I am a huge fan of helping musicians and artists work with their strengths. That’s why I incorporate strengths work into my curriculum at the Yale School of Music as well as in many of my guest lectures at conservatories and arts leadership programs. What we do is discover and then learn how to develop strengths.
That’s what we did in my recent professional development workshop with Ensemble Connect where I helped the Fellows work with their strengths in order to develop an individual leadership style and learn to achieve success with greater ease.
The start of our inquiry was to discover strengths using Gallup’s Strengths-Based Leadership assessment, which lists 34 themes divided into 4 domains: executing, influencing, relationship-building and strategic thinking.
Once the Fellows took the assessment and learned what their strengths were, we then explored how to use and develop those strengths effectively.
Research from positive psychology shows that those who use their strengths feel better about what they do. People who do not use their strengths feel frustrated. Thus, using strengths is a great way to build confidence. So here are 5 steps to help you make the most of your strengths.
- Assess how well you use your strengths
- Develop your strengths
- Check your strengths in overdrive
- Balance strengths and weaknesses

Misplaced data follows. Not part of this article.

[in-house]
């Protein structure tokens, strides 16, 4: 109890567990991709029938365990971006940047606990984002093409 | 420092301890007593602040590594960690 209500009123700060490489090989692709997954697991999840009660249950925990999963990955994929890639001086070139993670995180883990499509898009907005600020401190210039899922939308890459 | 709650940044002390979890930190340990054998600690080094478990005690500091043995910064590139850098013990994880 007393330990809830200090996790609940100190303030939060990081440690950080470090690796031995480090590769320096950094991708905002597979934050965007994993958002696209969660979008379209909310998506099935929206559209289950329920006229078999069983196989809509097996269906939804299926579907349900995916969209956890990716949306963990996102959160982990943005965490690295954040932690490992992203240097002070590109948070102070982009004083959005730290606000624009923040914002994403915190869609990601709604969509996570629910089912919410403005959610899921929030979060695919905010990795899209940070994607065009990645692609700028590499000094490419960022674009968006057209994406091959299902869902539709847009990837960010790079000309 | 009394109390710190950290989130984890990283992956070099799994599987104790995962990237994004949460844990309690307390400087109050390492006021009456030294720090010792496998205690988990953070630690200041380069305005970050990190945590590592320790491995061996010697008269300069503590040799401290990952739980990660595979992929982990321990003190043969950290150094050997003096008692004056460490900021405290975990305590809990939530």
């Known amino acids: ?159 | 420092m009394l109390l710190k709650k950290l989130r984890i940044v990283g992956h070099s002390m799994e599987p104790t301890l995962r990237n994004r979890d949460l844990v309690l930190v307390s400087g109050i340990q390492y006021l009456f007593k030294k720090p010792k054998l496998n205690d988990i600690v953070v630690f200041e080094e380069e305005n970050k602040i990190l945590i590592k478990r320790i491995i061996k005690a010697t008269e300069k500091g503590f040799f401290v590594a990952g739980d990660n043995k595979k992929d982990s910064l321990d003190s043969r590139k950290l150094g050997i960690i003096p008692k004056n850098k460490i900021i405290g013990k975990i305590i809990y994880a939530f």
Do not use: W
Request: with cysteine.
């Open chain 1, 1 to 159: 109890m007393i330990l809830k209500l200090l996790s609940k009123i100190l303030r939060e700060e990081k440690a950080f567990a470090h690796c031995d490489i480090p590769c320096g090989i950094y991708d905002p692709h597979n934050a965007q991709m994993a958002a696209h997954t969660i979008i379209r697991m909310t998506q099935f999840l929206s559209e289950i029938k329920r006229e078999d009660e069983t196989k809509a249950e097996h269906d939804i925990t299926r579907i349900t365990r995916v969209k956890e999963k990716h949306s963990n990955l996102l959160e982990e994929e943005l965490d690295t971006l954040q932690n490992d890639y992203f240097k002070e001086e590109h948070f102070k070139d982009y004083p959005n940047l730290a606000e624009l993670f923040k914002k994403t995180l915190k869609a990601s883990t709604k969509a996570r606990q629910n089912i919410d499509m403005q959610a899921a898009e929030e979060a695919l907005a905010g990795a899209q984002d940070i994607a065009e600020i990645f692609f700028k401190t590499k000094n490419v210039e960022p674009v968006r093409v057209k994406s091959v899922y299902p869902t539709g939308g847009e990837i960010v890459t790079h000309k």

- Redesign your week to make the best use of your strengths
Conduct a Personal Assessment of How You Use Your Strengths
Once you know your strengths, the first step in bringing those strengths into your life is to reflect on how you are using your strengths. Often, if you are dissatisfied with your professional role or your personal life, it could be a sign that you are not using your strengths enough or in the right way.
To start your assessment, review these questions and write down your answers:
How often are you using each of your strengths?
How well do you use each strength?
How satisfied are you with the way you are using your strengths?
Where are you currently using your strengths in the course of your work and your personal life?
What situations allow you to use your strengths?
What situations prevent you from using your strengths?
How can you change that?
Develop Your Underused Strengths
Next, it’s important to use your strengths enough.
If you have identified a strength that you do not use often enough, you can start your strengths program by making it a goal to use that strength more frequently.
For example, I have worked with clients who have great relationship-building skills but find themselves isolated in their professional roles. We examine how to find projects that involve working in teams or with other collaborators. In addition, we look for ways outside of the professional context to use people skills, such as joining a board or a committee of a local organization whose mission you care about and where your relationship skills will be valued.
Check Your Strengths in Overdrive